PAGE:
This wrought iron bridge is a rare surviving example of the pin-connected lenticular truss design used for iron bridges from 1880 to 1890.
The Dow Bridge, a mile southeast of here on Main Street, is of the same rare design.
It has been restored . . . — — Map (db m116367) HM
The land you see as you stand here all lies within the township of Lincoln, granted on January 31, 1764 to James Avery and others and named after Henry Clinton, ninth Earl of Lincoln. The original grant contained 32,456 acres. Settlers did not . . . — — Map (db m76422) HM
Geologists speculate that the Old Man of the Mountain, formed by a retreating glacier during the last ice age, looked out over Profile Lake for more than 12,000 years. On May 3, 2003, the delicate balance that had held the “Great Stone Face” in . . . — — Map (db m190342) HM
You are looking at Eagle Cliff. Rising 1,500 feet above the valley floor this shoulder of Mt. Lafayette is part of the eastern wall of Franconia Notch.
The cliff derives its name from the Golden Eagles that once nested among the crags. Guests of . . . — — Map (db m106090) HM
This quiet site once buzzed with activity as the center of Franconia's economy during the time of the Industrial Revolution.
A dam about 200 feet upstream provided water power for an iron smelter across the river and for grist, saw and . . . — — Map (db m116363) HM
The fish you see in this pool are Eastern Brook Trout (Salvelinus Fontinalis), sometimes called Speckled or Native Trout, but best known as Squaretails.
Found throughout New Hampshire they thrive in the clear, cold waters of the northern part of . . . — — Map (db m156095) HM
State of New Hampshire
Forest Reservation and Memorial Park
Acquired with funds appropriated by the legislature of 1925 and the donations of Fifteen thousand contributors secured through The Society for Protection of New . . . — — Map (db m105993) HM WM
This 6,500 acre park is often called the Flagship of the New Hampshire state park system.
Called a "mountainous defile" by early settlers and travelers, this valley today is one of America's great parks. Some two million people from all over the . . . — — Map (db m76423) HM
The mountains you are looking at are part of the Franconia Range and like the rest of the White Mountains are among the oldest in the world. They date back to a period in geological time more than 400 million years ago when this area was covered by . . . — — Map (db m76420) HM
Across the Gale River stands New Hampshire's sole surviving blast furnace. It is unusual, as well, in its octagonal shape and its remarkable condition.
A huge wooden shed protected the furnace and workers from the weather. The shed filled . . . — — Map (db m116364) HM
The 1849 Gazetteer of New Hampshire called them – “slips, that were made by an extraordinary discharge of water from the clouds. They commence near the summit of the mountain and proceed to its base, forcing a passage through all . . . — — Map (db m106089) HM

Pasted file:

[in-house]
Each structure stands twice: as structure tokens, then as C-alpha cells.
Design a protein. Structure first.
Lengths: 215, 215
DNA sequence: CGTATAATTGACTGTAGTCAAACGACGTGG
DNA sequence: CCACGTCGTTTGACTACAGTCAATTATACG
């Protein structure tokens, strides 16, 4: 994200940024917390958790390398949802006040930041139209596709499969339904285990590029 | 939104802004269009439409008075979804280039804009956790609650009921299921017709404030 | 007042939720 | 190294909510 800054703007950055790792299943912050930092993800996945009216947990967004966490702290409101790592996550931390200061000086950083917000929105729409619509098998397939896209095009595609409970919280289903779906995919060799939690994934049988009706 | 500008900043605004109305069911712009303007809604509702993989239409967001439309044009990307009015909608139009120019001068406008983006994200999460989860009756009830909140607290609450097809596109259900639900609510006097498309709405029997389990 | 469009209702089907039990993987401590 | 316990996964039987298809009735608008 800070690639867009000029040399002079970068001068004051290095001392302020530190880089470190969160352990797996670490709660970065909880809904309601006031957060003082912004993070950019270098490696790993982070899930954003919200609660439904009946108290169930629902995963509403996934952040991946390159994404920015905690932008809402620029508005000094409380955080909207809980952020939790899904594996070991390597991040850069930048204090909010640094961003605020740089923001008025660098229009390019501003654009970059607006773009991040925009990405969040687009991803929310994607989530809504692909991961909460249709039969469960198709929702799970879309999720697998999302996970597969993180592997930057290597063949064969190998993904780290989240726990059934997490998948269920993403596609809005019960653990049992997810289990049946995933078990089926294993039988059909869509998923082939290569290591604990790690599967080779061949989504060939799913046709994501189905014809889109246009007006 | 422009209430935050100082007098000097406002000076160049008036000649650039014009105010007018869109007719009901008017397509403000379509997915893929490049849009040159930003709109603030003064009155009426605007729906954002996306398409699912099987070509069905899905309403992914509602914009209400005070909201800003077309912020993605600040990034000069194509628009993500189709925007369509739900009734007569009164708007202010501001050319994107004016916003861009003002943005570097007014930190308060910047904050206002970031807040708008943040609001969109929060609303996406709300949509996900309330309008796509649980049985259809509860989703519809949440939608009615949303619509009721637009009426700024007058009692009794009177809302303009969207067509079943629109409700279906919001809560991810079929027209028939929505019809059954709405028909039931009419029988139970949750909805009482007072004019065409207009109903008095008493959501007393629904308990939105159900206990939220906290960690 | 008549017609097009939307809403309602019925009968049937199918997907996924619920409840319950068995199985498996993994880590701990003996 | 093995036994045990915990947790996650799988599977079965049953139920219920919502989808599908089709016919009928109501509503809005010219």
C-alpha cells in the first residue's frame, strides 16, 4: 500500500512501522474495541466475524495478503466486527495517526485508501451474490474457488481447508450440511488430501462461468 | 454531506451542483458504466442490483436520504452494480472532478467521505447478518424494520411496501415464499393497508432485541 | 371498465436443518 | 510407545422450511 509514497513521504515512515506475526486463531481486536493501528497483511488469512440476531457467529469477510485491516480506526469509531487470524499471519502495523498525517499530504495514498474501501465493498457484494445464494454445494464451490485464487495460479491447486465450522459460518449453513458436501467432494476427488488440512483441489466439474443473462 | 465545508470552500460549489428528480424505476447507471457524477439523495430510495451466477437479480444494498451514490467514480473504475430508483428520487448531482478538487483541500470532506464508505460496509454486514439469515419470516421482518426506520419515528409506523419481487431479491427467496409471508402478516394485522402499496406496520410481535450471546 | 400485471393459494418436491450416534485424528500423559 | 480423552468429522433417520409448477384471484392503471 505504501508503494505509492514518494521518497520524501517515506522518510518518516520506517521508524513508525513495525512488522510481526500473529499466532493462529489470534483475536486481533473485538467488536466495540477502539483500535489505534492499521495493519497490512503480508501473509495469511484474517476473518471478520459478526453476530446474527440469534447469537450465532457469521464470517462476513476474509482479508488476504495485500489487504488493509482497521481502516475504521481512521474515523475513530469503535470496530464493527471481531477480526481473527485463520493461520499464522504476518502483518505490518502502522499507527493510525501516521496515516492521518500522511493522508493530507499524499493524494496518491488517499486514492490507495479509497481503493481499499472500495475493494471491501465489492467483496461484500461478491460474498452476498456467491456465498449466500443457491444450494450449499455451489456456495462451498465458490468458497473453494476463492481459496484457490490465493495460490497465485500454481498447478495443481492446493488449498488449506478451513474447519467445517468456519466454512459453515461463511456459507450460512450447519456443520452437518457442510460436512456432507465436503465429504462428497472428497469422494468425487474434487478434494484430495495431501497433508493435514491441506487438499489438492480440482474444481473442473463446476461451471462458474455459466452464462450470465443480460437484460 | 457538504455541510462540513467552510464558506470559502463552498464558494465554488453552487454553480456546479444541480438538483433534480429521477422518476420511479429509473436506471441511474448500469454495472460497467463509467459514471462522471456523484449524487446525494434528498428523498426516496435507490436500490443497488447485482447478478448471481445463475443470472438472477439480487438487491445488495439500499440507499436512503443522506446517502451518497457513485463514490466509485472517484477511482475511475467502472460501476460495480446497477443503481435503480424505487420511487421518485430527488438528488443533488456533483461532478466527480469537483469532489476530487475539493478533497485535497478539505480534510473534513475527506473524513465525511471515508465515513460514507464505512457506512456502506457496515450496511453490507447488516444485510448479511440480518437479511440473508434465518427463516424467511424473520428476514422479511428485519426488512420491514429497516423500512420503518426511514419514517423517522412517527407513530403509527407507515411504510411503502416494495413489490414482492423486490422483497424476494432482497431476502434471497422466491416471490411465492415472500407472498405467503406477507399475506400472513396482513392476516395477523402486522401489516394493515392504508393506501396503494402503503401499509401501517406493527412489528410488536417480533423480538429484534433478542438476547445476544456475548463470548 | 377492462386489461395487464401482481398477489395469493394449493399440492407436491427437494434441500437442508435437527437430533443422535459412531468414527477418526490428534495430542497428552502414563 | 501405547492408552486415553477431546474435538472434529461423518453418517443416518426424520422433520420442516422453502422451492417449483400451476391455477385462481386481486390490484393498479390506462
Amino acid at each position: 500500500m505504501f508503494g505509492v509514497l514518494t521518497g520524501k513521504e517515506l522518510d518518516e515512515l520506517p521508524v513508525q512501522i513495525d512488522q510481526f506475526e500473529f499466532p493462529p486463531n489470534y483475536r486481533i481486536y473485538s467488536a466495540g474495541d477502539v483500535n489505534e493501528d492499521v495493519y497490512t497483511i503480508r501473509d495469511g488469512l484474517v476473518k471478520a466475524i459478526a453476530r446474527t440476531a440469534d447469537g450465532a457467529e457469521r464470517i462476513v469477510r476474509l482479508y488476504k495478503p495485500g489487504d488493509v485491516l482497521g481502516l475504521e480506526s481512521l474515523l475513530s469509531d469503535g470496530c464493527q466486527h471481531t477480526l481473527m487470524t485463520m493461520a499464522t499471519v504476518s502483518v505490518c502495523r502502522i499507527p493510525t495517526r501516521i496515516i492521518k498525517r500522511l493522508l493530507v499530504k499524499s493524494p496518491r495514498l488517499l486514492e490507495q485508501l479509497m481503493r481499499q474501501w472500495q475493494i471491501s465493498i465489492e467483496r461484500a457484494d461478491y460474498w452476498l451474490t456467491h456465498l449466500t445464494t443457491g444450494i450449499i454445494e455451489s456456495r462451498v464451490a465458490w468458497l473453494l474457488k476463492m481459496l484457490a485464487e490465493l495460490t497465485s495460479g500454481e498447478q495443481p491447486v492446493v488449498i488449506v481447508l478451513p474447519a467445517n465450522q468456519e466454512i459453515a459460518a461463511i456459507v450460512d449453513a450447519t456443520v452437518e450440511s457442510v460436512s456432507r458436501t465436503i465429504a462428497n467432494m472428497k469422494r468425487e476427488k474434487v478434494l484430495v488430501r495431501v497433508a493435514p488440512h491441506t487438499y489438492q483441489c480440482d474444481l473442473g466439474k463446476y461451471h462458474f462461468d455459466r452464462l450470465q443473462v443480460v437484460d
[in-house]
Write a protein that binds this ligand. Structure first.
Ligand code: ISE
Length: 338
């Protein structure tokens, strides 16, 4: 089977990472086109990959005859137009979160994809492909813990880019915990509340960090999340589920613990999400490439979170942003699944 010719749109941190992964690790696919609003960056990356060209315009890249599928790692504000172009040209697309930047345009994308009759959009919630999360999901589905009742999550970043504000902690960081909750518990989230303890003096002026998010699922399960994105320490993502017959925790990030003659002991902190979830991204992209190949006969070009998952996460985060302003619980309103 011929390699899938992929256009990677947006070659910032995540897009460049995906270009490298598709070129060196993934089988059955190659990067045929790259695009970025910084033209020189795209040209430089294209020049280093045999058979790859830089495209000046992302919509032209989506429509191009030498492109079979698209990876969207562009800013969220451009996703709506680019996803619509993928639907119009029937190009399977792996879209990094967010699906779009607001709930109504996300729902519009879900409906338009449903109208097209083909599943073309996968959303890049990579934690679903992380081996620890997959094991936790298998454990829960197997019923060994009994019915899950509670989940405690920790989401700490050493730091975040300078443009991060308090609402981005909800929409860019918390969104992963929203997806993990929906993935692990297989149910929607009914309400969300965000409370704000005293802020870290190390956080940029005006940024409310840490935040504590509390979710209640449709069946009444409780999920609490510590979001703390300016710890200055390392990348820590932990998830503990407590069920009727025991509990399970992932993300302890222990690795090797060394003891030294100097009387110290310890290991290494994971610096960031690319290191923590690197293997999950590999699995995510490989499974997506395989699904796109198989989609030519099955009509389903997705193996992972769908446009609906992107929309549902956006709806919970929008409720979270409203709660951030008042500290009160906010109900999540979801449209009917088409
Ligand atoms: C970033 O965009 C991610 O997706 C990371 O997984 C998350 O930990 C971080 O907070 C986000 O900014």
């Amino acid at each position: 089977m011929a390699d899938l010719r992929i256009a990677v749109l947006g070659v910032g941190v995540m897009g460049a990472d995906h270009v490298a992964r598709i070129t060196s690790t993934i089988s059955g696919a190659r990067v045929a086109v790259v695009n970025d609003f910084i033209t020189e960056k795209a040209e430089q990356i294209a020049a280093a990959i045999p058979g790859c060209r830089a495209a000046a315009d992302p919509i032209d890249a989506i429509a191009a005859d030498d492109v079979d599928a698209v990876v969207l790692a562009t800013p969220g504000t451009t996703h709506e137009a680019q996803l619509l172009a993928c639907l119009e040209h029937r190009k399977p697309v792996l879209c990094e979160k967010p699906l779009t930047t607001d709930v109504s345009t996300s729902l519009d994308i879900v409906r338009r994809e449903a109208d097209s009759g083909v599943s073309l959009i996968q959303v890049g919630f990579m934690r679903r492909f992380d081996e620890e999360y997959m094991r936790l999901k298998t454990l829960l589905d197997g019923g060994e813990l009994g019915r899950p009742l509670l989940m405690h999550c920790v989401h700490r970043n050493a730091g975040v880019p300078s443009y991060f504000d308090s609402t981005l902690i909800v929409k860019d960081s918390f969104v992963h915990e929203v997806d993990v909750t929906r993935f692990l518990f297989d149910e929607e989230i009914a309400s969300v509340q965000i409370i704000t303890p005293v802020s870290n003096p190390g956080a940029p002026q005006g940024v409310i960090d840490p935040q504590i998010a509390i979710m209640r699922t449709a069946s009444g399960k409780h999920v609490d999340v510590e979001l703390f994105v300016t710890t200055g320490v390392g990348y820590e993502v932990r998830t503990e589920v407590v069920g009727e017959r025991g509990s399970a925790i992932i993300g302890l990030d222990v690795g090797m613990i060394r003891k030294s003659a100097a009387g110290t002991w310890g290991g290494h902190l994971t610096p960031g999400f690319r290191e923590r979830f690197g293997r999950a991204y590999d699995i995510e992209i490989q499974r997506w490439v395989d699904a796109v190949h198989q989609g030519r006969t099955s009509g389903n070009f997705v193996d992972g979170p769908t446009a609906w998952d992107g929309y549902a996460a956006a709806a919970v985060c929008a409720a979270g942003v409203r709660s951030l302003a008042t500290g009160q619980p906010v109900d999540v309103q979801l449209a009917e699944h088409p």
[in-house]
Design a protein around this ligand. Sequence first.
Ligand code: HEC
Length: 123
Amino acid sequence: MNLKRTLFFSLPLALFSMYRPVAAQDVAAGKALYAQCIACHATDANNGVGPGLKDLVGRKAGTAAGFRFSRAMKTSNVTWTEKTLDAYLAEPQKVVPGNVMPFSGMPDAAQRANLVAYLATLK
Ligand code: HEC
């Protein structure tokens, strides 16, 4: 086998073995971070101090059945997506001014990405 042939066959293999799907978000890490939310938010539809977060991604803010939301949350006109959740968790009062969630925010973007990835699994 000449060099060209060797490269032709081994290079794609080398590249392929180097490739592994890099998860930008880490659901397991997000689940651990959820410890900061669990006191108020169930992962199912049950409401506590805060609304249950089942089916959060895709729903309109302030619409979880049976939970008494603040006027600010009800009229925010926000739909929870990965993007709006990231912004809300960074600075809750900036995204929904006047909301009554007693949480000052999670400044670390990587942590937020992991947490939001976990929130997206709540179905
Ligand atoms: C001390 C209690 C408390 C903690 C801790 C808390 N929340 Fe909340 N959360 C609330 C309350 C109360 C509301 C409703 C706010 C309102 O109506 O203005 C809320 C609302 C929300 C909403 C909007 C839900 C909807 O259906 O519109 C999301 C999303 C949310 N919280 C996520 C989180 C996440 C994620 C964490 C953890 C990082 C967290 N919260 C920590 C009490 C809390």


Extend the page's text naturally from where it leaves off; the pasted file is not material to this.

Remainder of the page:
In recognition of over 30 years of service to the citizens and visitors of the State of New Hampshire
Niels F.F. Nielsen, Jr.
The first official caretaker of the Old Man of the Mountain.
This was his labor of love.
Presented by Governor . . . — — Map (db m106093) HM
As early as 1876, observers had warned that the rocks of the Profile were shifting and slipping, and scientists predicted that one day the formation would collapse. Since then, many specialists and volunteers worked to prolong the lifespan of the . . . — — Map (db m116560) HM
Called Ferrin’s Pond by early settlers and travelers, who often camped by the outlet, this 15-acre mountain lake has also been known as the Old Man’s Mirror and the Old Man’s Washbowl.
With the building of the Lafayette House in 1835, and the First . . . — — Map (db m106088) HM
Due west stands New Hampshire's sole-surviving example of a post-Revolutionary furnace for smelting local iron ore. The industry flourished during first half of 19th century. It produced pig and bar iron for farm tools and cast iron ware, including . . . — — Map (db m116365) HM
The Appalachian Range stretches from the Canadian Border to the edge of the Mississippi, a distance of 3,000 miles. Today, a hiking trail follows the backbone of this range from Springer Mountain, Georgia to Mt. Katahdin, Maine: passing through 14 . . . — — Map (db m106091) HM
On the skyline 1800 above you stands cannon Rock. This natural rock formation, consisting of a hugh (sic) table-like stone superimposed on a large boulder, stands guard over Franconia Notch like a cannon protruding from the parapet of an ancient . . . — — Map (db m106092) HM
This narrow gorge 700 feet in length with walls of granite 60 to 70 feet high was formed thousands of years ago when magma, filled an east-west fracture in the side of Mt. Liberty. Erosion resulting from water flowing over this lava dike through . . . — — Map (db m76421) HM
The granite rock which make up the walls of the flume was formed many millions of years ago in ancient geological time. At a later period dark colored lava in a molten condition was pushed up from below filling a great crack and smaller side cracks . . . — — Map (db m104749) HM
The rock profile you see 1200 feet above this spot had its beginning some 25,000 years ago during the great ice age. As the glacier moved southward the cliff began to take the shape you see today. As the ice age came to a close and the glacier . . . — — Map (db m148135) HM
These seven large rods are an interactive sculpture that honors the Old Man of the Mountain, the celebrated profile that collapsed due to natural forces sometime in the night on May 3, 2003.
You are in the same spot where travelers have . . . — — Map (db m116559) HM
When North America was first settled, pioneers built their homes of logs. To aid in falling the timber, they made U or V-shaped cuts at the tree’s base. Similar cuts were made in the logs to hold their cabins together. They called these cuts . . . — — Map (db m105988) HM